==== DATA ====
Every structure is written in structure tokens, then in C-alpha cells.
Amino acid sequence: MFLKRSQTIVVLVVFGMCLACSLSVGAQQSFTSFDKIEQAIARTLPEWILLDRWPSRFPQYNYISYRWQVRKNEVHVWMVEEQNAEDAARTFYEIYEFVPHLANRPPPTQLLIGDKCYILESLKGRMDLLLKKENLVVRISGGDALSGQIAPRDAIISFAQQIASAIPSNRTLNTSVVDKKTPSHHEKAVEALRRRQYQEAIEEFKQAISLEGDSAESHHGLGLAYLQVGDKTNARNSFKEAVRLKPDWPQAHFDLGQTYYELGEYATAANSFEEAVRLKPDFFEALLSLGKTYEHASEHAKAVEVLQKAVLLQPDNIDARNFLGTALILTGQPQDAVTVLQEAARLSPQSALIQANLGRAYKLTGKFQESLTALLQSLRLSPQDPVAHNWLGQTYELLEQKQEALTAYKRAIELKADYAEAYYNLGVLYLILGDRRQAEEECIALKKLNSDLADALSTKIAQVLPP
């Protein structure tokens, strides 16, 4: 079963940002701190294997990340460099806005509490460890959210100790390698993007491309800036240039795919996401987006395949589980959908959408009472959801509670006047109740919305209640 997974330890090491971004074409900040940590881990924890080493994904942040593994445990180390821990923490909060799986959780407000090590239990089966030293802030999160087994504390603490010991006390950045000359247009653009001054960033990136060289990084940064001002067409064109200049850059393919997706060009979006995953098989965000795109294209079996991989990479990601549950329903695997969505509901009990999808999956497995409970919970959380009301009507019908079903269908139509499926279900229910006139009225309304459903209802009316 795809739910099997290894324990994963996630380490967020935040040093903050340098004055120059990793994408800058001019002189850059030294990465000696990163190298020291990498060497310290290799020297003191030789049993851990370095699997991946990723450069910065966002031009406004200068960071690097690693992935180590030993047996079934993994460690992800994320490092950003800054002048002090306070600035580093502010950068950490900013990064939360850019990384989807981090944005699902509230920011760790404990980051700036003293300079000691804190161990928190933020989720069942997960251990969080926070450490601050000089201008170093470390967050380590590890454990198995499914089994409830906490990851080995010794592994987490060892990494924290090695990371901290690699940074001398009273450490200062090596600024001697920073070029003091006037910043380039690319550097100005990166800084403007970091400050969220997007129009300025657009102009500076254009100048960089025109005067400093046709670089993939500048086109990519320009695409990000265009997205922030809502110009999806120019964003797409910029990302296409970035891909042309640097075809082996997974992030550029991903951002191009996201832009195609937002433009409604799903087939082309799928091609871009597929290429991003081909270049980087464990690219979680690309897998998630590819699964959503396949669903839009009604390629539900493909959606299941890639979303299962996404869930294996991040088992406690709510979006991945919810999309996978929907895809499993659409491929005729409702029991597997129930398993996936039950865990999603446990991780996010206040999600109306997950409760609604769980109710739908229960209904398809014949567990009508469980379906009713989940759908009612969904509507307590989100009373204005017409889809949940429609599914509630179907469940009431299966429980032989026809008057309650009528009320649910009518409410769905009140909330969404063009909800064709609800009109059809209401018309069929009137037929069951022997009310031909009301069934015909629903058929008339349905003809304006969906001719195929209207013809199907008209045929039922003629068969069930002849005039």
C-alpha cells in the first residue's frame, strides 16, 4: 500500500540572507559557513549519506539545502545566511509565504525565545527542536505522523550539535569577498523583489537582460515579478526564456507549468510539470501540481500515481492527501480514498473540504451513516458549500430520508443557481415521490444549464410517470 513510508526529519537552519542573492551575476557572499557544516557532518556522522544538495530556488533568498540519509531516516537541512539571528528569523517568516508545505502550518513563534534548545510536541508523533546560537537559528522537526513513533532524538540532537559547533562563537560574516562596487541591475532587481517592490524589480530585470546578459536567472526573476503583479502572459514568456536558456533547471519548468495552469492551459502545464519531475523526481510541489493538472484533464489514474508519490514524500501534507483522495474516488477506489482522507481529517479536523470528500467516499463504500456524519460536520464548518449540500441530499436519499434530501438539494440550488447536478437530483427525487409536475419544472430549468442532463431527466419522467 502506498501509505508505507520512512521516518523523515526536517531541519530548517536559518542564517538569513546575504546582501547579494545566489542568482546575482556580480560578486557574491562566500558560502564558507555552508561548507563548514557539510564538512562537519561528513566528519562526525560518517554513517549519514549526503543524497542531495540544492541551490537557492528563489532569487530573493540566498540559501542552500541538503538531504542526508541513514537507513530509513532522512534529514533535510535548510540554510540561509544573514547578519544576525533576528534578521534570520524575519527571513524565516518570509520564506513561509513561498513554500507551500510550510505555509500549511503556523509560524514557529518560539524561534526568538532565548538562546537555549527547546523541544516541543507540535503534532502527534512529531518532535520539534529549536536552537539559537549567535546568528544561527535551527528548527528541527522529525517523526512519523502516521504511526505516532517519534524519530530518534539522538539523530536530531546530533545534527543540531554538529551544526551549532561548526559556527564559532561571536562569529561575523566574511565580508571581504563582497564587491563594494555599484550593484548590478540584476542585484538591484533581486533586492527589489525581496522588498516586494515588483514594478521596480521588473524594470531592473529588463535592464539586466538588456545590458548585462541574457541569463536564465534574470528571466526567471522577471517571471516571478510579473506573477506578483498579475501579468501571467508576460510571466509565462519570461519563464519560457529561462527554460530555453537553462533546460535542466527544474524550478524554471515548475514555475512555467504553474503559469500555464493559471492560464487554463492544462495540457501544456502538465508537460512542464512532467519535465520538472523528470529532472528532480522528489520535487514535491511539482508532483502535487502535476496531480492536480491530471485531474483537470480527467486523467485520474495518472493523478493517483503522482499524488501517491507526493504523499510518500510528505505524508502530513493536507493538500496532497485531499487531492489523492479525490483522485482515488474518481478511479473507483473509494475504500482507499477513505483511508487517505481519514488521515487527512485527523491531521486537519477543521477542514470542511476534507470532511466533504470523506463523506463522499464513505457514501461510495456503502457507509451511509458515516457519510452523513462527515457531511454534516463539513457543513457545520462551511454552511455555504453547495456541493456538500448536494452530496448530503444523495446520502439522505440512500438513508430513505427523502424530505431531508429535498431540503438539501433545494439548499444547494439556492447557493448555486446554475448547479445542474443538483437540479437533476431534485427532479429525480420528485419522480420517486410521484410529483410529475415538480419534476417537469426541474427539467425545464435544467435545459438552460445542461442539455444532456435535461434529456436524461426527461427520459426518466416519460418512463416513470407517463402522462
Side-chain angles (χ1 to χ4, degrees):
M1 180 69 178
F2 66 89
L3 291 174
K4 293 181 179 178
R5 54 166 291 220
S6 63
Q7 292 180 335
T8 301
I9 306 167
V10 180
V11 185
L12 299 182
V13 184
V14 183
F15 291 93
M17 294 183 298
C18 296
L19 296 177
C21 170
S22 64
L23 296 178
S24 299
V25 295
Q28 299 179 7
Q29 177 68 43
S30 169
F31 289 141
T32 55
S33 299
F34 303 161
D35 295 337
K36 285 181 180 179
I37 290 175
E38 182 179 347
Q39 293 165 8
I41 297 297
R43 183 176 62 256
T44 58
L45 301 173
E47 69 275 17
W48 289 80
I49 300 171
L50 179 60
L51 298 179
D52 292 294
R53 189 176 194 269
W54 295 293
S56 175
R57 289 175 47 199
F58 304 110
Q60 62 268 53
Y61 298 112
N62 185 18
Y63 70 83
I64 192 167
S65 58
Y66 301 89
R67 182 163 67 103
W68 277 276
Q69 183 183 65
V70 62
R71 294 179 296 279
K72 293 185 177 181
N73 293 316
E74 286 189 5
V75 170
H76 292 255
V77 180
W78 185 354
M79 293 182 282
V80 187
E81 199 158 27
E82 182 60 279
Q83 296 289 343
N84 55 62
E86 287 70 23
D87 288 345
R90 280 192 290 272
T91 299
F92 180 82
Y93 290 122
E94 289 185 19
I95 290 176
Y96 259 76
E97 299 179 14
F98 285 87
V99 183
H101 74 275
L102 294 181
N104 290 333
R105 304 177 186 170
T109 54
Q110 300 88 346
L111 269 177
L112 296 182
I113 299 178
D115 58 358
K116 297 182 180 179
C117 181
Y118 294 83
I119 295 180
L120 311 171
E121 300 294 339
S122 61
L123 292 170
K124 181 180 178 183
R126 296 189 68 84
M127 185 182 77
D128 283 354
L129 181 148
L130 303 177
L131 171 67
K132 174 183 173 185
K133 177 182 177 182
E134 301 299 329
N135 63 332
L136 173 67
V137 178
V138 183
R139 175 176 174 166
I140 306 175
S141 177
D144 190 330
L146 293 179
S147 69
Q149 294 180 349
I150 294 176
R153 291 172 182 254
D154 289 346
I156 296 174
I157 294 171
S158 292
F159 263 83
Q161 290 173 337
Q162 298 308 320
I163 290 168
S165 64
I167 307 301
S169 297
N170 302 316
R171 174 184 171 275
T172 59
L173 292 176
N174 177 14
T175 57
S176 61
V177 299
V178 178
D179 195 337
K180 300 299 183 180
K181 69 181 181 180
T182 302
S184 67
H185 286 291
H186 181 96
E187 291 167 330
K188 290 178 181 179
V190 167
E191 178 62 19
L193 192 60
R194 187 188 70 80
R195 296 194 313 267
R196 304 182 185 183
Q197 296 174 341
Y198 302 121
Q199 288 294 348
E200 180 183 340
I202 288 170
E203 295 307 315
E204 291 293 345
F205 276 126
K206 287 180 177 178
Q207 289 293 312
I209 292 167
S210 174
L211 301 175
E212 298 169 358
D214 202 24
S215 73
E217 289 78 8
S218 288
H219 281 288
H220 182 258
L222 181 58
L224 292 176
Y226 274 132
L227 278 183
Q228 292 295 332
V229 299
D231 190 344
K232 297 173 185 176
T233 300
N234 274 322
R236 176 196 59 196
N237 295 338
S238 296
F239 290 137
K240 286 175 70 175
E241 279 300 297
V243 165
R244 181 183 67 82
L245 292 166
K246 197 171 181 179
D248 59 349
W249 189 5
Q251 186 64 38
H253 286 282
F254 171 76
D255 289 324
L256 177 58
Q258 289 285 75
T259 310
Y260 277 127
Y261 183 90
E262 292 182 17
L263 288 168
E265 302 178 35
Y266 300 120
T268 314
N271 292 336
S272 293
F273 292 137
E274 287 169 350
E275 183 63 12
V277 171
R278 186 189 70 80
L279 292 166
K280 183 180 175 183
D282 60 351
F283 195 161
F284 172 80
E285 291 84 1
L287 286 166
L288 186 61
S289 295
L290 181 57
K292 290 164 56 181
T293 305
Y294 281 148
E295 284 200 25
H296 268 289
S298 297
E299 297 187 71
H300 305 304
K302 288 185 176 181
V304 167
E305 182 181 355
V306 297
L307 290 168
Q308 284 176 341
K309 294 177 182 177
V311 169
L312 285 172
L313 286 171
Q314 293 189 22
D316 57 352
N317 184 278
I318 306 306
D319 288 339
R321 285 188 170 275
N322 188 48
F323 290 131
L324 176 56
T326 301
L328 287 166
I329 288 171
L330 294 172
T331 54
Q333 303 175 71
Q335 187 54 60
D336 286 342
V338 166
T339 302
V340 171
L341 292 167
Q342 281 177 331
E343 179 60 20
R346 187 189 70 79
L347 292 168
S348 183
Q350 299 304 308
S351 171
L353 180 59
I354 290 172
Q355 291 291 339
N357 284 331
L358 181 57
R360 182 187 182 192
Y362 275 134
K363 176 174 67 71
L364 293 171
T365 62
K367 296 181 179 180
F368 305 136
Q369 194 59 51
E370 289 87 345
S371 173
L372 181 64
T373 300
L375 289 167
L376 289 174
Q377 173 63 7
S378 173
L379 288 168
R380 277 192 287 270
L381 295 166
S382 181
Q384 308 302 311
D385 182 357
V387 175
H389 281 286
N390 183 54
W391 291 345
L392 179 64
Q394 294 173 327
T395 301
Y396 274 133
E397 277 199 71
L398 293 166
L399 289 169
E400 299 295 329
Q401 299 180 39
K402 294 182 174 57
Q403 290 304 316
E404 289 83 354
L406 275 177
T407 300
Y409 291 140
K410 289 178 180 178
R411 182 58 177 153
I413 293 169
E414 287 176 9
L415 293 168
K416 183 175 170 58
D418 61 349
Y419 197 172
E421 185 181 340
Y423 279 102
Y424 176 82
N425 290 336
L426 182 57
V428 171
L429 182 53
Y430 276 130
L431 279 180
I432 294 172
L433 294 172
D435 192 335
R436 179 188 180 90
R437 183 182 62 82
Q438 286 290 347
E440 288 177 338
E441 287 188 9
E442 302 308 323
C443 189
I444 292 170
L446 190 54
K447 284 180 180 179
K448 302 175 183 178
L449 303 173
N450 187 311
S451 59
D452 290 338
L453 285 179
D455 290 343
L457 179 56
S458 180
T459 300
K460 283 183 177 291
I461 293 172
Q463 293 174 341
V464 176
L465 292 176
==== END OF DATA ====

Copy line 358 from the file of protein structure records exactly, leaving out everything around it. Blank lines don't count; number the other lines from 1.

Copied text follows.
E441 287 188 9